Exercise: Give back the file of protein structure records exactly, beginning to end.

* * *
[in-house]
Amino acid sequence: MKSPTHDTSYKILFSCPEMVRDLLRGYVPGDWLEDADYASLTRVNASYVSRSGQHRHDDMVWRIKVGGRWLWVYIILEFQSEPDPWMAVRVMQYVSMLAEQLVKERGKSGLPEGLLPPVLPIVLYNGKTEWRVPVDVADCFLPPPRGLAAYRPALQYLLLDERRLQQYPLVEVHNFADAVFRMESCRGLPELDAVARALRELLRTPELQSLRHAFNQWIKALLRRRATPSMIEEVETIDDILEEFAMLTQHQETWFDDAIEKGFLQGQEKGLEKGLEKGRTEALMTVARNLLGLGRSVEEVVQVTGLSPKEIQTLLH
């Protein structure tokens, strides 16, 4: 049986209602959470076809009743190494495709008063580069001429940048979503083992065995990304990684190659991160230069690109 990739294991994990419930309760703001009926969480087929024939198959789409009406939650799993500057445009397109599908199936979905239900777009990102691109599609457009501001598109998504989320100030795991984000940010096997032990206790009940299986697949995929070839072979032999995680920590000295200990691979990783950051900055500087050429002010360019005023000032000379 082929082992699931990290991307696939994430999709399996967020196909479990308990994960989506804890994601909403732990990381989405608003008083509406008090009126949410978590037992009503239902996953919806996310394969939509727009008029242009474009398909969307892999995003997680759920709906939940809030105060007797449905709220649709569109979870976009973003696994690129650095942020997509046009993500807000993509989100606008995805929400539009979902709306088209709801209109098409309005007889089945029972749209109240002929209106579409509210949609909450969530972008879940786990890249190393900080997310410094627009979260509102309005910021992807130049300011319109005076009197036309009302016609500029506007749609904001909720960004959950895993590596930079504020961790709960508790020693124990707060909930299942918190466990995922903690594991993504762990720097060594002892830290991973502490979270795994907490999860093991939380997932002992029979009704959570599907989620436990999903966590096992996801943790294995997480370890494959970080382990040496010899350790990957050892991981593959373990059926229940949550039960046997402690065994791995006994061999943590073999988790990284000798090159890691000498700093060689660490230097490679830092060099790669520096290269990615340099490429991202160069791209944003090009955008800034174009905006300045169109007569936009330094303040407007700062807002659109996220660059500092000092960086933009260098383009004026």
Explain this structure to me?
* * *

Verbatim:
[in-house]
Amino acid sequence: MKSPTHDTSYKILFSCPEMVRDLLRGYVPGDWLEDADYASLTRVNASYVSRSGQHRHDDMVWRIKVGGRWLWVYIILEFQSEPDPWMAVRVMQYVSMLAEQLVKERGKSGLPEGLLPPVLPIVLYNGKTEWRVPVDVADCFLPPPRGLAAYRPALQYLLLDERRLQQYPLVEVHNFADAVFRMESCRGLPELDAVARALRELLRTPELQSLRHAFNQWIKALLRRRATPSMIEEVETIDDILEEFAMLTQHQETWFDDAIEKGFLQGQEKGLEKGLEKGRTEALMTVARNLLGLGRSVEEVVQVTGLSPKEIQTLLH
């Protein structure tokens, strides 16, 4: 049986209602959470076809009743190494495709008063580069001429940048979503083992065995990304990684190659991160230069690109 990739294991994990419930309760703001009926969480087929024939198959789409009406939650799993500057445009397109599908199936979905239900777009990102691109599609457009501001598109998504989320100030795991984000940010096997032990206790009940299986697949995929070839072979032999995680920590000295200990691979990783950051900055500087050429002010360019005023000032000379 082929082992699931990290991307696939994430999709399996967020196909479990308990994960989506804890994601909403732990990381989405608003008083509406008090009126949410978590037992009503239902996953919806996310394969939509727009008029242009474009398909969307892999995003997680759920709906939940809030105060007797449905709220649709569109979870976009973003696994690129650095942020997509046009993500807000993509989100606008995805929400539009979902709306088209709801209109098409309005007889089945029972749209109240002929209106579409509210949609909450969530972008879940786990890249190393900080997310410094627009979260509102309005910021992807130049300011319109005076009197036309009302016609500029506007749609904001909720960004959950895993590596930079504020961790709960508790020693124990707060909930299942918190466990995922903690594991993504762990720097060594002892830290991973502490979270795994907490999860093991939380997932002992029979009704959570599907989620436990999903966590096992996801943790294995997480370890494959970080382990040496010899350790990957050892991981593959373990059926229940949550039960046997402690065994791995006994061999943590073999988790990284000798090159890691000498700093060689660490230097490679830092060099790669520096290269990615340099490429991202160069791209944003090009955008800034174009905006300045169109007569936009330094303040407007700062807002659109996220660059500092000092960086933009260098383009004026």
Explain this structure to me?